I am also curious what you consider the minimum shutter speed required with your present setup to get the consistency you want. And what is the lower boundary of shutter speeds you typically need? For me it is generally 1/250s because I do 80% of my shooting there. But I do shoot much lower on occasion.
I'll also add that, given my own setup, and the difficulties of shooting small birds, generally at 1/250s (with flash fill), my expectations may be different. I shoot bursts whenever possible and try to get about 65%, but that includes losses to subject motion. It is often difficult to separate subject motion issues from camera shake so I don't try to do that. Your expectations may be higher or lower?
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my Nikonians gallery.
#6. "RE: Does the D800/E change min. support standards?" | In response to Reply # 5Tue 30-Apr-13 12:38 PM
Neil has a point, Wimberly does have a trial program that is a real good deal and you can do a real world check with your D800 and lens. Also they do sell Refurb & factory seconds, units at a reduced prices, with full warranty. I bought mine this way and saved $100.
As for the 400/2.8, it is a very different best when compared to a 300/2.8 or the 500/4. I still have problems with BIF, although static targets are pretty easy to manage by comparison. I have not tried the 600, but would expect it is the same if not worse. I do have a TC2EIII, and it is a real bear on the 400 with BIF. The series 5 is mandatory for my set up, but he whole package is on the heavy side, so long hikes are not a good idea. The legs are massive compared to other tripods. Good thing it is CF and not aluminum. I am having problems finding foam pipe insulation for leg covers due to their diameter, which would help in this department.
#7. "RE: Does the D800/E change min. support standards?" | In response to Reply # 6Tue 30-Apr-13 12:55 PM
>> I am having problems finding foam pipe insulation for leg covers due to their diameter, which would help in this department.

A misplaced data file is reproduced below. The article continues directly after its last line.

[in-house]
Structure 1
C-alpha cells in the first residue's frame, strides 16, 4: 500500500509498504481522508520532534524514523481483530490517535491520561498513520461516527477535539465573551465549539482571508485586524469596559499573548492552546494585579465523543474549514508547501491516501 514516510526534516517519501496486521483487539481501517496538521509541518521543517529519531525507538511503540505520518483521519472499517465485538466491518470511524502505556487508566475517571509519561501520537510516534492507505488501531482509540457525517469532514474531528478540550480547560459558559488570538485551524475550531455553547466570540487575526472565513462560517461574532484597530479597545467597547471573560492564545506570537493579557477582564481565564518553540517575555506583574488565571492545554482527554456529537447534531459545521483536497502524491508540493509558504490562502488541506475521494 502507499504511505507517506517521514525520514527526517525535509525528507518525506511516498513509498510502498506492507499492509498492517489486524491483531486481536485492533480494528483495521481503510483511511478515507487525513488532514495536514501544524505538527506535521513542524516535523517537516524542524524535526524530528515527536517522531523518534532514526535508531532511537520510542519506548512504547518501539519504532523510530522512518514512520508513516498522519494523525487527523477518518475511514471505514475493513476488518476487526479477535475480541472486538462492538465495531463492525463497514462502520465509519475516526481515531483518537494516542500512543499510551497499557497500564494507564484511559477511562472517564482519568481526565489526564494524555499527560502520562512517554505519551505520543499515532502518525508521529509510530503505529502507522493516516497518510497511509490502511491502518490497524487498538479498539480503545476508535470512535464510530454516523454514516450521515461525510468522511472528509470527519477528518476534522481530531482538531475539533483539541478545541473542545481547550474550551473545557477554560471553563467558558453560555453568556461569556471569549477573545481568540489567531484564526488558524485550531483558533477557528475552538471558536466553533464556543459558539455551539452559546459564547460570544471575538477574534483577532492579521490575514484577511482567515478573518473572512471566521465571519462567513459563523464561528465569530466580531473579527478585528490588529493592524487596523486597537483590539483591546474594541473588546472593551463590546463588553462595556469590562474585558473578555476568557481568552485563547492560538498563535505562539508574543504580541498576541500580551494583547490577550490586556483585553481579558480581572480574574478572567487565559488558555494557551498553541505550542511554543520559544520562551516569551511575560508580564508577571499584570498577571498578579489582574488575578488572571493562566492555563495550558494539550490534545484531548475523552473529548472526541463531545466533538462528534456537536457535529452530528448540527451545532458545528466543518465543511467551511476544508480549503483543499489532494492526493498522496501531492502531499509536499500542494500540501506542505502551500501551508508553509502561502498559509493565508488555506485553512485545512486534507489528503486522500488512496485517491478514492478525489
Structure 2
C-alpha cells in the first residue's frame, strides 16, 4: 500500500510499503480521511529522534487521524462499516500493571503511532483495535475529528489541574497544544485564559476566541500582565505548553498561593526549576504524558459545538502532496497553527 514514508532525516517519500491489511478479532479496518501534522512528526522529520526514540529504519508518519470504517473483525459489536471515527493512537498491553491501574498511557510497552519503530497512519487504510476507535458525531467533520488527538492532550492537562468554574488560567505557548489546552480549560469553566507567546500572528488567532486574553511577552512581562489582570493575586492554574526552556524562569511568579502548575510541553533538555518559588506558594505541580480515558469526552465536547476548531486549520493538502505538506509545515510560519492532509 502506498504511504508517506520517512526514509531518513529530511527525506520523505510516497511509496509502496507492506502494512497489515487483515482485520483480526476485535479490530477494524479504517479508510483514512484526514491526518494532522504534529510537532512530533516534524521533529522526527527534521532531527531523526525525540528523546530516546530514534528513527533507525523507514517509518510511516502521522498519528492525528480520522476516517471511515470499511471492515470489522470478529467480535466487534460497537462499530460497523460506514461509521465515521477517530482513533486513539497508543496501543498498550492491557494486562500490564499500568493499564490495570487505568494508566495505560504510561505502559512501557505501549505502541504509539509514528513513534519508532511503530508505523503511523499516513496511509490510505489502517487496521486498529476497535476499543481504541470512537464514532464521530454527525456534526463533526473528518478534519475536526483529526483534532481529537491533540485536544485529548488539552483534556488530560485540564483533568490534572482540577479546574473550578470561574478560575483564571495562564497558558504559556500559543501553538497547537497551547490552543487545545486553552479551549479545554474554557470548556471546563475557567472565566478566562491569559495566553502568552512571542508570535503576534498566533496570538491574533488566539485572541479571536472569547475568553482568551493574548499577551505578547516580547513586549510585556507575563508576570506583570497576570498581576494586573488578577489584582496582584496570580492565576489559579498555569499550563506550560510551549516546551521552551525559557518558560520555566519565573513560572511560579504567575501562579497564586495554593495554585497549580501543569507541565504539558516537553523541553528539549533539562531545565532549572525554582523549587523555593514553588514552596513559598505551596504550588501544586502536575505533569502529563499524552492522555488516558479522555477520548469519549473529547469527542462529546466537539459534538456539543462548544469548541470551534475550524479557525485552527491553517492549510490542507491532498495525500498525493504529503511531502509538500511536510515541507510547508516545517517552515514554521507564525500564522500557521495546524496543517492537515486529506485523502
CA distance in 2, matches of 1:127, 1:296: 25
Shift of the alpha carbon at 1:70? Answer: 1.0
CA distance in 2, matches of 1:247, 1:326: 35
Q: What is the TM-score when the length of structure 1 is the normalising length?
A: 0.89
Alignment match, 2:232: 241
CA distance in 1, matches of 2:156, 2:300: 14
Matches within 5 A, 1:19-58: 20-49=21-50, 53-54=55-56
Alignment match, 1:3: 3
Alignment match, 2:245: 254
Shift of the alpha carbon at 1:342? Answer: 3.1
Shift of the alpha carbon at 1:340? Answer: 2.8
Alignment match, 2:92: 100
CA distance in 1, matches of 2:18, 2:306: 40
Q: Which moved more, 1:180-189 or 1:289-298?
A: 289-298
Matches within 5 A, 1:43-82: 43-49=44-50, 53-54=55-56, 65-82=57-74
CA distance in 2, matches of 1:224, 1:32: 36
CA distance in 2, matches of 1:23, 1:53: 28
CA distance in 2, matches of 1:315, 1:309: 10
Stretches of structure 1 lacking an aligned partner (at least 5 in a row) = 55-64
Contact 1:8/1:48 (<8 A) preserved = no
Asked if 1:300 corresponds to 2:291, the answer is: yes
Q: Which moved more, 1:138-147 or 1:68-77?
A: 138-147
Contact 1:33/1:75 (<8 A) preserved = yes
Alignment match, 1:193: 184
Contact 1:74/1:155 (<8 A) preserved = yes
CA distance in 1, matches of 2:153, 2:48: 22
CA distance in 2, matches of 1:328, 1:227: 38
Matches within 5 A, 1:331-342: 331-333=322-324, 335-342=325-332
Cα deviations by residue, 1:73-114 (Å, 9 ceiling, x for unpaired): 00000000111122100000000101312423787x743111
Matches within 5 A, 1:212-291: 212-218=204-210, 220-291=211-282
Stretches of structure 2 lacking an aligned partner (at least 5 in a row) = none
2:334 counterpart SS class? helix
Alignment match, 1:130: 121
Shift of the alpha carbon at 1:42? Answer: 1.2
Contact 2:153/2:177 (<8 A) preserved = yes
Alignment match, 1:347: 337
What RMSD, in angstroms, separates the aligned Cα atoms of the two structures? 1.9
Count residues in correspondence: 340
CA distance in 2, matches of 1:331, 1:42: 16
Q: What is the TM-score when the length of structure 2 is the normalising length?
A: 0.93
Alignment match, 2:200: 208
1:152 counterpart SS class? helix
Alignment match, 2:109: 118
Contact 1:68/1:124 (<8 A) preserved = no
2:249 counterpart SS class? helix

You may need to break down and buy a set of Nikonians wraps, or the unbranded Op-Tec version if you need to go incognito .
You might try a TC14 for BIF. That puts you at 560mm. I say that because I find BIF very difficult at 700mm, and try to do it without a TC. I think it is just the combination of lens weight/bulk, the focal length, and the tiny depth of field, combined.
I may have done better with my 300/2.8 + TC17, interestingly enough, although I just don't do as much BIF as I used to.
my Nikonians gallery.
#8. "RE: Does the D800/E change min. support standards?" | In response to Reply # 7Tue 30-Apr-13 05:06 PM
I will look into the Nikonian wraps. I just don't want to spend a lot of cash on these.
I have a TC14, and yes it does work easier. I am just trying to get used to using the TC20 for when I really need it.
#10. "RE: Does the D800/E change min. support standards?" | In response to Reply # 9Tue 30-Apr-13 06:23 PM
Haha! Your shoulders will thank you too. That is a tough size for generic pipe wrap.
>> I have a TC14, and yes it does work easier. I am just trying to get used to using the TC20 for when I really need it.
Oh, a masochist. Carry on
my Nikonians gallery.
#2. "RE: Does the D800/E change min. support standards?" | In response to Reply # 0
Forgot to add this and very important. If you do not have spikes for your Series 3, get a set. Use them always on soil where the spikes can dig in. When setting up, push down firmly to seat the spikes as far as they will go.
For best results, on concrete asphalt or even natural stony/rocky surfaces where the spikes do not dig in, then the rubber boots are best. The spikes are actually counterproductive when they are clacking on a hard surface.
If you are on a hard paved trail you are far better off shooting off the side, tripod in the dirt on spikes, than either spikes or the rubber boots on the asphalt. Your Series 3 will act more like a Series 4 or 5.
You can prove this to yourself in your back yard. Set your tripod up on soil, with spikes and then the rubber boots. Do a tap test. If you do not know how, please ask. The settle time will be significantly less with spikes driven into soil, as you presumably have available most of the time in the field.
my Nikonians gallery.
#3. "RE: Does the D800/E change min. support standards?" | In response to Reply # 2Mon 29-Apr-13 11:43 PM | edited Mon 29-Apr-13 11:44 PM by Gene Duprey